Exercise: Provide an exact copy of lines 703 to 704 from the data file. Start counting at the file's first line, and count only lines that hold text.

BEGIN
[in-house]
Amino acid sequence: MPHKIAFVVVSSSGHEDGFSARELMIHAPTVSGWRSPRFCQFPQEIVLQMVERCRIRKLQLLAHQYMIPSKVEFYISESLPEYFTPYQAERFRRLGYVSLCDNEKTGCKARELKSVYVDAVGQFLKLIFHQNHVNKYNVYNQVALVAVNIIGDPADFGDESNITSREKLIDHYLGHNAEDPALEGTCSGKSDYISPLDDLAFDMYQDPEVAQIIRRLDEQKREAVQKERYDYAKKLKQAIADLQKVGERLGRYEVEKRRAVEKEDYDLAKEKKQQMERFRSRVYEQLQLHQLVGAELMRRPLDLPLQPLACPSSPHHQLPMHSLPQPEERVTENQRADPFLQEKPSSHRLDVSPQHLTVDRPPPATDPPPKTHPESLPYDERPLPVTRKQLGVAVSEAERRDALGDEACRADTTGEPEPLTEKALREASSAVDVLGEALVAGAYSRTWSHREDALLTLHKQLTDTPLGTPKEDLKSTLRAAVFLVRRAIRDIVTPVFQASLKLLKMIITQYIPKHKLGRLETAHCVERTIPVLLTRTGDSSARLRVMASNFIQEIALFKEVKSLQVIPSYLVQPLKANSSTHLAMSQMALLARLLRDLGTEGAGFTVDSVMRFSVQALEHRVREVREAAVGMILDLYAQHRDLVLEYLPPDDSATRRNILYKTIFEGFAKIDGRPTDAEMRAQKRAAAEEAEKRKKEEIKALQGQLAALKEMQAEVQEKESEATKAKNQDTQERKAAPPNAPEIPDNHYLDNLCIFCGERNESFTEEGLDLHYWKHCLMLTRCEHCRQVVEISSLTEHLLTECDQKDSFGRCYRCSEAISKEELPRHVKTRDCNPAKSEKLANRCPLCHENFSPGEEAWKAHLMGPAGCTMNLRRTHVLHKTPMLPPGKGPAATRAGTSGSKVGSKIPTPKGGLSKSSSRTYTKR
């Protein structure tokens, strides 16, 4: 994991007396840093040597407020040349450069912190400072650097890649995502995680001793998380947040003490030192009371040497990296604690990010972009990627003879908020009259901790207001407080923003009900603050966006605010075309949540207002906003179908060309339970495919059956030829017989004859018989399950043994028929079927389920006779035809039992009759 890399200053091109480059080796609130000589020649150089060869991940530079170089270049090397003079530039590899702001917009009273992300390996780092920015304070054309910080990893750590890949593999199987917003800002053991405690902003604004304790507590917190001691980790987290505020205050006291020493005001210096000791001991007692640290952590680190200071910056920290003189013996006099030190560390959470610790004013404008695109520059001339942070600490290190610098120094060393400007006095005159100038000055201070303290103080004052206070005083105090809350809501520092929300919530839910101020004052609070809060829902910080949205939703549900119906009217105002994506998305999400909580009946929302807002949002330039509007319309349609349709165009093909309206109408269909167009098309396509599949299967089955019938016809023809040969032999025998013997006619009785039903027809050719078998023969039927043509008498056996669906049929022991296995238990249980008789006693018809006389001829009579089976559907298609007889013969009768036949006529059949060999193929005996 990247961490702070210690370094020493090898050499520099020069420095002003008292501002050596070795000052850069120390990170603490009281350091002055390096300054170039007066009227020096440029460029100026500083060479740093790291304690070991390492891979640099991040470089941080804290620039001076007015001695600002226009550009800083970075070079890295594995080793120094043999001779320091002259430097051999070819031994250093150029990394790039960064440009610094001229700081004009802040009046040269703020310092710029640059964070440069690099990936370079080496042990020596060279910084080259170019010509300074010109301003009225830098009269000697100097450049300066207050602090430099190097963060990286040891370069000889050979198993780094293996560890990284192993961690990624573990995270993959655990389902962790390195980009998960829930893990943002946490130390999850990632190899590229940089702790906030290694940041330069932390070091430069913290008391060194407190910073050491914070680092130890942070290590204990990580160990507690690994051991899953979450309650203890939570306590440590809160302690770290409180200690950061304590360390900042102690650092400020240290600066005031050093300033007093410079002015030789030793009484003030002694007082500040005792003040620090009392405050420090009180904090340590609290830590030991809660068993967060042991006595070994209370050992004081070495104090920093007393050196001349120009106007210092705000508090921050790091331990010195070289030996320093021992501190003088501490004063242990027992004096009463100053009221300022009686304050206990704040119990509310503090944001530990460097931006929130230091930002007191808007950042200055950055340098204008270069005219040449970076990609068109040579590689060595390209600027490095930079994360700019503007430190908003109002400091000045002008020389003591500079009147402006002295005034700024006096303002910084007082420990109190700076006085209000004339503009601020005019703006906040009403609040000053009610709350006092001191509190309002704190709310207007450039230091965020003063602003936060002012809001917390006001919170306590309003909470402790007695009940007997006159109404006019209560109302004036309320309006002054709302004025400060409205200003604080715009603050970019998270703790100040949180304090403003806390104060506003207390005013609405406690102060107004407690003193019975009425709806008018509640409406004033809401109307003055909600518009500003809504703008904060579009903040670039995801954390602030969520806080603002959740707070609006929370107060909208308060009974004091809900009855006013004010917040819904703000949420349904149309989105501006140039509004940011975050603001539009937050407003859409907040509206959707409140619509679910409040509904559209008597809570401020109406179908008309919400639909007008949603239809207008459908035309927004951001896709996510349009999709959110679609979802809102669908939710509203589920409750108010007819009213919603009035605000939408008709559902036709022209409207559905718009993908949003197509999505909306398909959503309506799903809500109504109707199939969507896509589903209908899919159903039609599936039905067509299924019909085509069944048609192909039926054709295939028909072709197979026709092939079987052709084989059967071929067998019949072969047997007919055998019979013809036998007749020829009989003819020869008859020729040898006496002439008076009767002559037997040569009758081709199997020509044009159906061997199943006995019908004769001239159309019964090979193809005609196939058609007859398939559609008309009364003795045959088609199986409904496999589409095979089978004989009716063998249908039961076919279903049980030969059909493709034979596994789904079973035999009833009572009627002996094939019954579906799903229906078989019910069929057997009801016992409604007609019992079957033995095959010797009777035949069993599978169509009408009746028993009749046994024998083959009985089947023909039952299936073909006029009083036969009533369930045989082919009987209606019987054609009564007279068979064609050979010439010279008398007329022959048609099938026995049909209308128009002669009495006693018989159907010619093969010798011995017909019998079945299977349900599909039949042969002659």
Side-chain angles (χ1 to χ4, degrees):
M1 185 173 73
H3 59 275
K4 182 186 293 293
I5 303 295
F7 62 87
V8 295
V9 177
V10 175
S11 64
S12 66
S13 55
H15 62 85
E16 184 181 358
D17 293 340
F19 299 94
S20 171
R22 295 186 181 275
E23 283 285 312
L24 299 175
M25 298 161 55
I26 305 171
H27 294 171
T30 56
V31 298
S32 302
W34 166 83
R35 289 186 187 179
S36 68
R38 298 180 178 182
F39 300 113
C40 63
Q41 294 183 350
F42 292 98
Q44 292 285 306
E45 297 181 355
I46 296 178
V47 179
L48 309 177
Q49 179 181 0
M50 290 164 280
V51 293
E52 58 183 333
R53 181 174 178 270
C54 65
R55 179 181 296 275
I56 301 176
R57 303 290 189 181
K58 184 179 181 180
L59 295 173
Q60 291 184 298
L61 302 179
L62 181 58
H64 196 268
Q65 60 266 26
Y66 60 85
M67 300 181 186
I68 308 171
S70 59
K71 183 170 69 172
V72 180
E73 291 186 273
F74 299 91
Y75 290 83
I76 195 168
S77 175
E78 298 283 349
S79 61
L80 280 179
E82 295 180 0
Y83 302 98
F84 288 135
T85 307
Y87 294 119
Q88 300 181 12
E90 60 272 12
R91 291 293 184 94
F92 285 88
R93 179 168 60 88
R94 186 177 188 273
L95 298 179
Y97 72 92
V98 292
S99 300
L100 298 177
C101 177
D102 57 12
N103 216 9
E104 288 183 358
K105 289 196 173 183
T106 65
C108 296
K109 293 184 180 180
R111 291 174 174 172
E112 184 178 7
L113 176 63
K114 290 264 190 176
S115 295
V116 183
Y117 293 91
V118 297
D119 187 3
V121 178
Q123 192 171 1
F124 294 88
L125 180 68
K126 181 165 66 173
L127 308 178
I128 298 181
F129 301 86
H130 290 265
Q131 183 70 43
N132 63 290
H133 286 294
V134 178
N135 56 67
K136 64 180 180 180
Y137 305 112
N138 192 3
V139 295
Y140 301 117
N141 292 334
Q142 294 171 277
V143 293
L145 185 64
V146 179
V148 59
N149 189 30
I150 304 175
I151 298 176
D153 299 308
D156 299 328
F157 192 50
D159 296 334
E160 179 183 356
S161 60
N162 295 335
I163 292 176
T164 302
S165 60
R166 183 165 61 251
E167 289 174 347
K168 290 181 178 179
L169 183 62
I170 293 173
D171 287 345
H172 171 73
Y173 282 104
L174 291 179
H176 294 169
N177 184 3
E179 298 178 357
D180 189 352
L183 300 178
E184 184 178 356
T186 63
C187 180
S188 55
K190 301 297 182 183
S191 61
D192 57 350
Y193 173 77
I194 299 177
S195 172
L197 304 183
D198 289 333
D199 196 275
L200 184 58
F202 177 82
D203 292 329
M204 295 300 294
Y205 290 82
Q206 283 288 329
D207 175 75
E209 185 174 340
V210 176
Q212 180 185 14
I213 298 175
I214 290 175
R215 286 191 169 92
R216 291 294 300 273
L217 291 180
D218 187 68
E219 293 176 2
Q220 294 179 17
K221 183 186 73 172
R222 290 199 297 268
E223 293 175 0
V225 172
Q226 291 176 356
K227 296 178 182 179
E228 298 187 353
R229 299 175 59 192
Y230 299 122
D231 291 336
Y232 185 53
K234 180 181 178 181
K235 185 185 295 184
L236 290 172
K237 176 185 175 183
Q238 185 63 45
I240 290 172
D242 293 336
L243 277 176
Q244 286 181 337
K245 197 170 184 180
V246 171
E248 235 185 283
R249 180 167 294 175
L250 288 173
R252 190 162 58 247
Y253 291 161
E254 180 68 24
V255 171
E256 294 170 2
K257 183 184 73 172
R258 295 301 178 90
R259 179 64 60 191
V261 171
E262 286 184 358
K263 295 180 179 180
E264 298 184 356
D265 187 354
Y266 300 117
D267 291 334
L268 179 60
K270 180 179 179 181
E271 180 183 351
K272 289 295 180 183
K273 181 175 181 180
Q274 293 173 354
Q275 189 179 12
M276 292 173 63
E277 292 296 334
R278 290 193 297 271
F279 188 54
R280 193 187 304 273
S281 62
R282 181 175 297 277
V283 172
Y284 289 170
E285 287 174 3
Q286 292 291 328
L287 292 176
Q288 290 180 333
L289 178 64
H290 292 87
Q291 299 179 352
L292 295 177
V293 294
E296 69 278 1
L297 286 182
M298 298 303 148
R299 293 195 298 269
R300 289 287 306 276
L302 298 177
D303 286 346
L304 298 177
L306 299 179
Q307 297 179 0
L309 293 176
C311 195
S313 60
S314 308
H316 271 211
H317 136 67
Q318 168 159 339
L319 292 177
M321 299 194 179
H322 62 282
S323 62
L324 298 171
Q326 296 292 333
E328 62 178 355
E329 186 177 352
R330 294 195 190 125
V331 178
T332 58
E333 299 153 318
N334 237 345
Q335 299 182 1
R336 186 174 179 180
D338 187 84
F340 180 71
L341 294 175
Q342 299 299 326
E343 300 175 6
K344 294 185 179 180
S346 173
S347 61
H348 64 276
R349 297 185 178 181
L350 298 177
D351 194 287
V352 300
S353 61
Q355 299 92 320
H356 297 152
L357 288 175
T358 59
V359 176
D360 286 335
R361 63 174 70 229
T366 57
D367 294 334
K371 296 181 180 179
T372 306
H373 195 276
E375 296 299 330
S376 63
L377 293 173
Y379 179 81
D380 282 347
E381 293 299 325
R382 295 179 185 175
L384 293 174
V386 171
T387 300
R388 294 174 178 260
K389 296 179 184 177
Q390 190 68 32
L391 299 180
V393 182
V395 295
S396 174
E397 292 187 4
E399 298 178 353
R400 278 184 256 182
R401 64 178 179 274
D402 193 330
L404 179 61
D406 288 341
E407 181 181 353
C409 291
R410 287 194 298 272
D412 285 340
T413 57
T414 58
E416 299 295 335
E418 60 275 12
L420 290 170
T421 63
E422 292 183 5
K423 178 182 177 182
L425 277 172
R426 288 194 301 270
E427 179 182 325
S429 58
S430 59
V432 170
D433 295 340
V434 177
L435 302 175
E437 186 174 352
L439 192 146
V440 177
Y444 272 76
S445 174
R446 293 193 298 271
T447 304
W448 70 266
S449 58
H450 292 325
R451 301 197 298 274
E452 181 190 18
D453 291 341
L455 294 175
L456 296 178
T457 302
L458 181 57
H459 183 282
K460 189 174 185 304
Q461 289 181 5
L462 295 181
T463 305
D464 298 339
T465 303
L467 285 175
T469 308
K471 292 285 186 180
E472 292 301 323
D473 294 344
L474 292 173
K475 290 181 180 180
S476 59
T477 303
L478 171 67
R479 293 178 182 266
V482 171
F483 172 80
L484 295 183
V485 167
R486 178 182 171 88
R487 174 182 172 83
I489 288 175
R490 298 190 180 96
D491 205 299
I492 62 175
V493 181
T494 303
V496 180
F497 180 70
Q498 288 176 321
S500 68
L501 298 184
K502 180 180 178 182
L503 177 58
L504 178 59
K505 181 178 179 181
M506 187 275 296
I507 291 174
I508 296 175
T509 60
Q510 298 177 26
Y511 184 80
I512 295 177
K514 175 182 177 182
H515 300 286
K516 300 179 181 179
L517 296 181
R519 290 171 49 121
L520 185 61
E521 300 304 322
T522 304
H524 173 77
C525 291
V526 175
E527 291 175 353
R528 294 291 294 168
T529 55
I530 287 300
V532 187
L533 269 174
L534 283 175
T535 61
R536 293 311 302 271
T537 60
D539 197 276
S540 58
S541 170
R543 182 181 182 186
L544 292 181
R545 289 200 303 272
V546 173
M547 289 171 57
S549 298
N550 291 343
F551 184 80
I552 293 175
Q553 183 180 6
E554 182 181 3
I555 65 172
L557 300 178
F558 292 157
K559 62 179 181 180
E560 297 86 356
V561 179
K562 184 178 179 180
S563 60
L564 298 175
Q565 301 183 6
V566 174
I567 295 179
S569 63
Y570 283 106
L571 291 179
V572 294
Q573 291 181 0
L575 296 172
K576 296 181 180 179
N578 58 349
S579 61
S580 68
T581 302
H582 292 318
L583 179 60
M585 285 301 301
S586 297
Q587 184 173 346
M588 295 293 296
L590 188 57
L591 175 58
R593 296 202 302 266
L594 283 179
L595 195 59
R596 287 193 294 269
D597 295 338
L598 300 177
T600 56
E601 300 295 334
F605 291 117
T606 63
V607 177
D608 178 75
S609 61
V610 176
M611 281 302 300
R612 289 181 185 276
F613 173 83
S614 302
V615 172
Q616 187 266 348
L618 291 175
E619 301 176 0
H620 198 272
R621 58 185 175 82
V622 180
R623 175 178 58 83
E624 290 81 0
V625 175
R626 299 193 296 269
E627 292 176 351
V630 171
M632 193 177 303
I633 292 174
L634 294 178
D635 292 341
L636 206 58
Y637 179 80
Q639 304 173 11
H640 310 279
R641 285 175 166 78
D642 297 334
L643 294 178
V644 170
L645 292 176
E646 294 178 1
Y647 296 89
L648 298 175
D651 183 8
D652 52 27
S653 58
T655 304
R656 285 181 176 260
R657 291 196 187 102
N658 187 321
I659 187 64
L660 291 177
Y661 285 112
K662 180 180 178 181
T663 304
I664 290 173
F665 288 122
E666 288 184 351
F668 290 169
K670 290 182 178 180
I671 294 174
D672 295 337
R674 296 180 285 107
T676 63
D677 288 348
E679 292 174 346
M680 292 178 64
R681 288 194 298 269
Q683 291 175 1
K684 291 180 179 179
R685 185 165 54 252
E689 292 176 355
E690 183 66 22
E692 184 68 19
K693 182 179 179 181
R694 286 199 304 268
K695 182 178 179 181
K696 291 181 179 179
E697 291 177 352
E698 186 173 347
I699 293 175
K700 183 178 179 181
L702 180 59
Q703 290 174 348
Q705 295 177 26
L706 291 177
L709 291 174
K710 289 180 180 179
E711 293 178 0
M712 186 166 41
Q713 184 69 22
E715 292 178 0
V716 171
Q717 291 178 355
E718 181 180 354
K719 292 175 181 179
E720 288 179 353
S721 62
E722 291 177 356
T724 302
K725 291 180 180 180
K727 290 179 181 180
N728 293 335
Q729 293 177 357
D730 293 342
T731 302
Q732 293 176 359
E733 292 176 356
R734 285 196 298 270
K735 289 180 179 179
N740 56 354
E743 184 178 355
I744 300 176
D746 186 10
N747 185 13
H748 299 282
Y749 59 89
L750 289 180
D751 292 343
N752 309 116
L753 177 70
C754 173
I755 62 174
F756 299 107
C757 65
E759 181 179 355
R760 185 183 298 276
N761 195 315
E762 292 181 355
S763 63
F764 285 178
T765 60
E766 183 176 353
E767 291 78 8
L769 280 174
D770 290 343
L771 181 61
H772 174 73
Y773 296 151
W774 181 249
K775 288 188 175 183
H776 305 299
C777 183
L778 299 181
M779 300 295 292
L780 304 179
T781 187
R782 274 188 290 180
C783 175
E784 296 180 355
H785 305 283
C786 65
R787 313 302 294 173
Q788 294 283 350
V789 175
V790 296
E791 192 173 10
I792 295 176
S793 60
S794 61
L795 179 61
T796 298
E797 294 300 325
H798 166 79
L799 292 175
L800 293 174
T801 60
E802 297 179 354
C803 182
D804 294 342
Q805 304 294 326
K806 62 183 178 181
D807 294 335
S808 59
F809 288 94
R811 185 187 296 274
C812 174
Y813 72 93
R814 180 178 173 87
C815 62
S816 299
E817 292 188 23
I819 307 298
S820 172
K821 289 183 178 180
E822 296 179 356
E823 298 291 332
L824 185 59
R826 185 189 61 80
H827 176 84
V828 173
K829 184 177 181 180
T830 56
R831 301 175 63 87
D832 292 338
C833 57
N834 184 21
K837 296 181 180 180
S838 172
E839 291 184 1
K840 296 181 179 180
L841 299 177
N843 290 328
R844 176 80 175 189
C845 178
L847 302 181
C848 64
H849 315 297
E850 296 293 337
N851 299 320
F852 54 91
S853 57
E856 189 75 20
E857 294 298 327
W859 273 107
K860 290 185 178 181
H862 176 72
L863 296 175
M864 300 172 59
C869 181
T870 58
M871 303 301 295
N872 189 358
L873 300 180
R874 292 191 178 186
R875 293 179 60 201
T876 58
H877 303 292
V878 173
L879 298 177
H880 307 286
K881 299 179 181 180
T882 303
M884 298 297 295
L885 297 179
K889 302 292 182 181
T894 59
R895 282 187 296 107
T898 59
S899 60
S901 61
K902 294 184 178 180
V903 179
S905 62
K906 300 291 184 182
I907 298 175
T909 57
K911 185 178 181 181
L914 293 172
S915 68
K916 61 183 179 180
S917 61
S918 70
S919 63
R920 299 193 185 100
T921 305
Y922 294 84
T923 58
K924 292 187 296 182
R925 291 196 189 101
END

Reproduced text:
E857 294 298 327
W859 273 107